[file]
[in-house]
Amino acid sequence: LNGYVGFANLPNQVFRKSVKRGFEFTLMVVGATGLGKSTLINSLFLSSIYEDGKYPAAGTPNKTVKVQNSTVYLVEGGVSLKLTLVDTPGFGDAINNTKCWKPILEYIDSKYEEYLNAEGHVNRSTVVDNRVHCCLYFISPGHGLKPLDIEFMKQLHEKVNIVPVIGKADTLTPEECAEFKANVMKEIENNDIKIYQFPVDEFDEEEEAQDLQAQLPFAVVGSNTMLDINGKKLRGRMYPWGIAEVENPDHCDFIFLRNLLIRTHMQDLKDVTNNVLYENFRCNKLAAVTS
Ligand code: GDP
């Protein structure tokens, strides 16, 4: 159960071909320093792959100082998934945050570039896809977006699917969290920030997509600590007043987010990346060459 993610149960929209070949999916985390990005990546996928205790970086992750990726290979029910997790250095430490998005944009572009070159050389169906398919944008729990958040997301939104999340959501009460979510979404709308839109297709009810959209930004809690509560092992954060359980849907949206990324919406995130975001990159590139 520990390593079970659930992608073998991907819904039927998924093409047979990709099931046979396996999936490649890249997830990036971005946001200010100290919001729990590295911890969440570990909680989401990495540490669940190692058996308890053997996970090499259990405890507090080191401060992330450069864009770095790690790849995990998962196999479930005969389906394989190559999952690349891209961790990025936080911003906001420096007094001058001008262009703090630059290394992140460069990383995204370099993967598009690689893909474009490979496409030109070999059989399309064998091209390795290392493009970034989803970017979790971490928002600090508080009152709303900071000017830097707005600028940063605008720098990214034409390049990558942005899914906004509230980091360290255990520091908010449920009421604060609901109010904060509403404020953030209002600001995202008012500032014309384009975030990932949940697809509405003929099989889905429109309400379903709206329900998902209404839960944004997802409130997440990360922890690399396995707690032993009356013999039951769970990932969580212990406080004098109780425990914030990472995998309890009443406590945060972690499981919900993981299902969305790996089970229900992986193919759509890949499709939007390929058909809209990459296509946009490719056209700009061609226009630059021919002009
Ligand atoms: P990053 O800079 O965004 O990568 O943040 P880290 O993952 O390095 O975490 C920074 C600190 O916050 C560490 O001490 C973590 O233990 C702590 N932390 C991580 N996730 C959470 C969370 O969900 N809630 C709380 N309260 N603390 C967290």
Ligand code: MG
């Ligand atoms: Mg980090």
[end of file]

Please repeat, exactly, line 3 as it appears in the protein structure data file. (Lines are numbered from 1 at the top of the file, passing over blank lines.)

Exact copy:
Ligand code: GDP